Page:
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Author Topic: Replacing pads and corks  (Read 92 times)

Offline Dibbs

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Re: Replacing pads and corks
« Reply #15 on: September 27, 2018, 05:26:23 AM »

Offline shmuelyosef

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Re: Replacing pads and corks
« Reply #16 on: September 27, 2018, 06:05:20 PM »
Like Iíve mentioned before, LED string lights are little diodes on a a wire, thin enough to pass through even the smallest tone holes (except register key). The string allows the diode to be angled to literally touch the pad, ferreting out every possible leak source.
I see now...isn't that tedious to reposition the light for each pad? Looks real bright, though I use the rope lights for saxophone, but even on saxes I fine tune with feeler paper. I guess we all just settle into a pattern that works and then we "fear change", as Garth asserted
Soprano: Yanagisawa (Yani) S990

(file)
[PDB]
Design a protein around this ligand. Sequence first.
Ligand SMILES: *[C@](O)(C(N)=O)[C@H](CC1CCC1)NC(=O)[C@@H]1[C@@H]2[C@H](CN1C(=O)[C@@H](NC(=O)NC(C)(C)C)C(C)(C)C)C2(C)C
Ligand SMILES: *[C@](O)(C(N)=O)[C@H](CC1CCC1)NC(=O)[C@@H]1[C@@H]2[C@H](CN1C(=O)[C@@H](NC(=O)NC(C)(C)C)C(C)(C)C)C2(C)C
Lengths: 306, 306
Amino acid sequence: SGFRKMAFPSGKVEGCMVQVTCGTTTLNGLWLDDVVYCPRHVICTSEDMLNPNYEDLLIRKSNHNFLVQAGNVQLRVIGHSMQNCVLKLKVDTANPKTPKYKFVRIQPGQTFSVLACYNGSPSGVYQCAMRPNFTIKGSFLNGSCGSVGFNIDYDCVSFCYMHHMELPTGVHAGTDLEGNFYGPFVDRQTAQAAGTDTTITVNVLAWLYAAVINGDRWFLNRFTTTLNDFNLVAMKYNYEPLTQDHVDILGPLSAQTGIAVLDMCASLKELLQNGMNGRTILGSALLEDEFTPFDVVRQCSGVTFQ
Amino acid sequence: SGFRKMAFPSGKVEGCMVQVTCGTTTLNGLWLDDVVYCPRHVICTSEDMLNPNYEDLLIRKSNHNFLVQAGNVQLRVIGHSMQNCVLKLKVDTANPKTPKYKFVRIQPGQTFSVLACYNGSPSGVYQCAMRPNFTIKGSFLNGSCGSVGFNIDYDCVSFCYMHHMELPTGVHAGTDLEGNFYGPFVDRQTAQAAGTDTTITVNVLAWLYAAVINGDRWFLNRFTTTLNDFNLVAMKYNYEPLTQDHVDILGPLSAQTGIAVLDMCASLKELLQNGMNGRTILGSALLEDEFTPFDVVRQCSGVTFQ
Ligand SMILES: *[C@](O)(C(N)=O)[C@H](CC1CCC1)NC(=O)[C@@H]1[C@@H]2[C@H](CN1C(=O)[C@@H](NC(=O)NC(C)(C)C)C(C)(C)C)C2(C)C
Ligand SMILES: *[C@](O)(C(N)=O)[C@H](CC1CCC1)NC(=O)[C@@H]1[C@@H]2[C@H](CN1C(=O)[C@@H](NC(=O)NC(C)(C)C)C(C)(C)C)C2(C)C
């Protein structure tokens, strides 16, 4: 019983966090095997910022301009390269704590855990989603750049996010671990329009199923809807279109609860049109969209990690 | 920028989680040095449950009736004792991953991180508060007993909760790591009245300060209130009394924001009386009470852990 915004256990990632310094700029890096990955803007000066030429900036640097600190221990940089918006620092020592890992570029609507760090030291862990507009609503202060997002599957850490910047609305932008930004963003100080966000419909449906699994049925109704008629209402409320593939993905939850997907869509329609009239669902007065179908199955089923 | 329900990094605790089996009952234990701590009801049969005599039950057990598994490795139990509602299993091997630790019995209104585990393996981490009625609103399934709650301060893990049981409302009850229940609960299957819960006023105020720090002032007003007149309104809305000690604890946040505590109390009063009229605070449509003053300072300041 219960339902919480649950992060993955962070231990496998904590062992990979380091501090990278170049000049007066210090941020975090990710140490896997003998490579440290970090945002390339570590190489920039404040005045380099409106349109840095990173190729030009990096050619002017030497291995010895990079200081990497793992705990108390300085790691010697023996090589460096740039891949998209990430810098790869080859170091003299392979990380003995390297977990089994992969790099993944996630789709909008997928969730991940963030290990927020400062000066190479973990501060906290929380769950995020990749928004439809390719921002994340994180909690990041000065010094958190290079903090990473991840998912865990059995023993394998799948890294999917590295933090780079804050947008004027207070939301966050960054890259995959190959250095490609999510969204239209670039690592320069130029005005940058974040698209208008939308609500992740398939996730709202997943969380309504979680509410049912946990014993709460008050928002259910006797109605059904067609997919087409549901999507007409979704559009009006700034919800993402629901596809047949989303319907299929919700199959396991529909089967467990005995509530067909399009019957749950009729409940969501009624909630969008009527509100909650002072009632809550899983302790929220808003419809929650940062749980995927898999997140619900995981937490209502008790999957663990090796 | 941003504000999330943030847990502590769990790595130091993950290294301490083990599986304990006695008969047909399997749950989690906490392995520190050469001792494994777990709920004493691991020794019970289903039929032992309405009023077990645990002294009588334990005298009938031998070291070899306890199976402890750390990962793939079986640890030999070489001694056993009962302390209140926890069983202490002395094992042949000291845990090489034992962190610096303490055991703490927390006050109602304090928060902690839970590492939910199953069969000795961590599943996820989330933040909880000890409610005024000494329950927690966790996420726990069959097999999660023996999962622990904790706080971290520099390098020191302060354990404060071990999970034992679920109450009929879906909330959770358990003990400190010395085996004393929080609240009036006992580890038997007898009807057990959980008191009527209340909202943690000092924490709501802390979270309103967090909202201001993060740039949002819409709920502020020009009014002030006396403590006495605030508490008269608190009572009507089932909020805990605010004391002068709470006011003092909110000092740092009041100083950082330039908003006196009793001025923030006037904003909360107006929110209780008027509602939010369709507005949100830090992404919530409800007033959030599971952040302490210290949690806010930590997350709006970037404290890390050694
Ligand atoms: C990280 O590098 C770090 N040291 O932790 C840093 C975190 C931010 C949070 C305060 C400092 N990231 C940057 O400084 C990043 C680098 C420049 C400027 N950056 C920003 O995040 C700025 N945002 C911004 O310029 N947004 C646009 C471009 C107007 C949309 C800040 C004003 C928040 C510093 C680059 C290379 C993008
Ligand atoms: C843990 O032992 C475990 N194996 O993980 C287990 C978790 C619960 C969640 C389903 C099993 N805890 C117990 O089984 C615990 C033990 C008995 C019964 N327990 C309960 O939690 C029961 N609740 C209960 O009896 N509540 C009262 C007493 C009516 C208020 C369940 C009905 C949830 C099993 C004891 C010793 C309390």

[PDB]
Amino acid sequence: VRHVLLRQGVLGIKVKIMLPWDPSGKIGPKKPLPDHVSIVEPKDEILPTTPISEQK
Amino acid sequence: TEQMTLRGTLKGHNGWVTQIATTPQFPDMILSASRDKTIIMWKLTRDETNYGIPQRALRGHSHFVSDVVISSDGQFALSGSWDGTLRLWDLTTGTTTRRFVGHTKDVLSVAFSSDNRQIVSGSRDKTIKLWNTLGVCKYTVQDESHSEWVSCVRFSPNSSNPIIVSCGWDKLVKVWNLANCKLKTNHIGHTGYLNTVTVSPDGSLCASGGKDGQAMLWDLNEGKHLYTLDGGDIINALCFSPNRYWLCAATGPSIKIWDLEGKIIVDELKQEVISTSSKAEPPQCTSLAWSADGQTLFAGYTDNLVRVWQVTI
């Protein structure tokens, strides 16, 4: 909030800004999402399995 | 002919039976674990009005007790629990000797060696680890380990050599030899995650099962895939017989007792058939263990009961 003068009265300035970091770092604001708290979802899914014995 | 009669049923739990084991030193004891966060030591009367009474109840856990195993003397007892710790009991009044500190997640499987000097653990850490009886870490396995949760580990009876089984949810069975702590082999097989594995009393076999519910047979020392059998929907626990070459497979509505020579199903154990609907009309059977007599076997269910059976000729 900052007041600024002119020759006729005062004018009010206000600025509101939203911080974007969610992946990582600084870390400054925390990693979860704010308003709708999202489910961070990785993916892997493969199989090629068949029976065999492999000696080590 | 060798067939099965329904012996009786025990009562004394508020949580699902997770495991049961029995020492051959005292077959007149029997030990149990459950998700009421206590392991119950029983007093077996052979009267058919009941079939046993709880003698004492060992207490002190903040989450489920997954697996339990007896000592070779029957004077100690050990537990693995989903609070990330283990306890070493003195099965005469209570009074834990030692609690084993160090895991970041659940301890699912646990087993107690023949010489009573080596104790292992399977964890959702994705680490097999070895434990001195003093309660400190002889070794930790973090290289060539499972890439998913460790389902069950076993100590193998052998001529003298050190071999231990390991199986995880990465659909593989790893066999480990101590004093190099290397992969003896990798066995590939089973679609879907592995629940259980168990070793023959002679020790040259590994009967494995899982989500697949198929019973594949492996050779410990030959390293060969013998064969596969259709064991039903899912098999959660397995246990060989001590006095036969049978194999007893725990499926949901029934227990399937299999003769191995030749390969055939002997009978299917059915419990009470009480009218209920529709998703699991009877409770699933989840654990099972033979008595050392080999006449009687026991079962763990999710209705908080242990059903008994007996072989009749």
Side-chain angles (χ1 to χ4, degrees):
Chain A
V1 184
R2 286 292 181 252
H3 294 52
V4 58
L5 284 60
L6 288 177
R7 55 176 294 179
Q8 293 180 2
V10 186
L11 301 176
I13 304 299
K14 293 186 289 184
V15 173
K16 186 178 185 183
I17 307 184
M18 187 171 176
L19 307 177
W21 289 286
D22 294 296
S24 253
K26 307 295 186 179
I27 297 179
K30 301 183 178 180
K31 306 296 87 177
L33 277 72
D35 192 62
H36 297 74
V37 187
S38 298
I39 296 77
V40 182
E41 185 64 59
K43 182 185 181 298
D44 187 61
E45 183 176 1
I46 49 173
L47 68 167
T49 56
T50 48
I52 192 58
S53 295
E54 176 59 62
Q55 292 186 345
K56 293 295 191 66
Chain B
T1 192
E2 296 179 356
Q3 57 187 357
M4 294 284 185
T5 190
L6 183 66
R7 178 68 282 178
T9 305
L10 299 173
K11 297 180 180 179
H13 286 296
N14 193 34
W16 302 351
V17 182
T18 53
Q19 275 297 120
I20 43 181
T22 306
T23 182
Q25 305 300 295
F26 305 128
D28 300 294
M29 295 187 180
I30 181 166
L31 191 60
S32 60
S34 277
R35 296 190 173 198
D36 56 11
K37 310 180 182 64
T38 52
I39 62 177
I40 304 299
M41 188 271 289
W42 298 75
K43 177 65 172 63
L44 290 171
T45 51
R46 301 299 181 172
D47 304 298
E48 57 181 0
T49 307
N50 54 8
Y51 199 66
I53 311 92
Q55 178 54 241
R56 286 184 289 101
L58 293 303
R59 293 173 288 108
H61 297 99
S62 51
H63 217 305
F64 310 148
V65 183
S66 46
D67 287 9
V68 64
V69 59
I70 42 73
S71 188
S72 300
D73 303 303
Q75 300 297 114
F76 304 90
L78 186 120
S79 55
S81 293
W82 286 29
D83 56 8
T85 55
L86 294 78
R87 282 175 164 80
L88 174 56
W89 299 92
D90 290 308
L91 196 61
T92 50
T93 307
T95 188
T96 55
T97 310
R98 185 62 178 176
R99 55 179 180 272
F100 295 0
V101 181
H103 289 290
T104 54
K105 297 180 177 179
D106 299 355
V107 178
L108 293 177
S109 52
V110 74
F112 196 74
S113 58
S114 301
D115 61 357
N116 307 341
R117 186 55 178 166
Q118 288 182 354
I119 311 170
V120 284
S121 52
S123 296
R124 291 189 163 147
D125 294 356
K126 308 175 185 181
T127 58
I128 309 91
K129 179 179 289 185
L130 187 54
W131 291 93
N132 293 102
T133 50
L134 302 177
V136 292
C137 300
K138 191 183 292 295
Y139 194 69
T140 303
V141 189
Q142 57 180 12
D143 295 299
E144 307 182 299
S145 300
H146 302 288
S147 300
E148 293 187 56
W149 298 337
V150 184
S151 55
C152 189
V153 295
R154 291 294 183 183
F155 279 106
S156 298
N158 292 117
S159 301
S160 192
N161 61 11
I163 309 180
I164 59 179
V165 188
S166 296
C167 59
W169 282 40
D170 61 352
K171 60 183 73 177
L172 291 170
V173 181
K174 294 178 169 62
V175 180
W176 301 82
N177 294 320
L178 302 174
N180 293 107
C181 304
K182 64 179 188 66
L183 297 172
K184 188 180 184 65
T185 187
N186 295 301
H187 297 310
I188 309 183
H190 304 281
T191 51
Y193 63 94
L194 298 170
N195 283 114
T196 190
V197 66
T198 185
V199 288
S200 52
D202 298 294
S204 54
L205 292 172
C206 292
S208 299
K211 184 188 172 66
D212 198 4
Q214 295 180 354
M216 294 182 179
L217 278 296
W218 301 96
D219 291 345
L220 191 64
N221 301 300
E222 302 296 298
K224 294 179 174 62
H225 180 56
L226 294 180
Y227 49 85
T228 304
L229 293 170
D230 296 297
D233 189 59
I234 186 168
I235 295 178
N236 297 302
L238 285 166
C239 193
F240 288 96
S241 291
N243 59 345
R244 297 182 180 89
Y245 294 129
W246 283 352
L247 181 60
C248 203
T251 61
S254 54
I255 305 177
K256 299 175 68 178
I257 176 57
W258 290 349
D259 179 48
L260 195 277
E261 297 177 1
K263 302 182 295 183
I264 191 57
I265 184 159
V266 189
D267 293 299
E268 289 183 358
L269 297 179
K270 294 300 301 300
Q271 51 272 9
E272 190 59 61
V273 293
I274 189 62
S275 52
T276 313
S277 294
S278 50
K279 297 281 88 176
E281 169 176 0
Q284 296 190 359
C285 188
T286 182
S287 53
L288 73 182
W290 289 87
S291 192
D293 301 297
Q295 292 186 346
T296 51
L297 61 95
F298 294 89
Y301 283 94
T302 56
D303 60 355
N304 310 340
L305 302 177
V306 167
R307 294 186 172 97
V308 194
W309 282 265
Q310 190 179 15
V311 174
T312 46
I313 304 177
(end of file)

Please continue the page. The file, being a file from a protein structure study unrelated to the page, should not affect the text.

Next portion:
Alto: Yani A880, A990, Yamaha YAS82ZS
Tenor: Yani T880, T992, Yamaha YTS82ZS
Baritone: Yani B991, Selmer Mk VI
Flute: Yamaha J40, Muramatsu EX
Clarinet: Selmer CT, Series 9
BC: Yamaha 221mkii
Piano: Mason & Hamlin Model A, Fender Rhodes Stage 73 Mk I, Nord Electro 6HP

Offline DaveLeBlanc

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Re: Replacing pads and corks
« Reply #17 on: September 28, 2018, 12:14:54 PM »
Not really tedious. I only do one pad at a time, and repositioning the light takes maybe 3 or 4 seconds.
It seems like using a feeler gauge would take somewhat longer than shining a light, as one has to make several passes from several angles.
Feeler gauge isnít able to detect the small tone hole chips that the light does, so I stick with it.
David Watson of the original The Clarinet Pages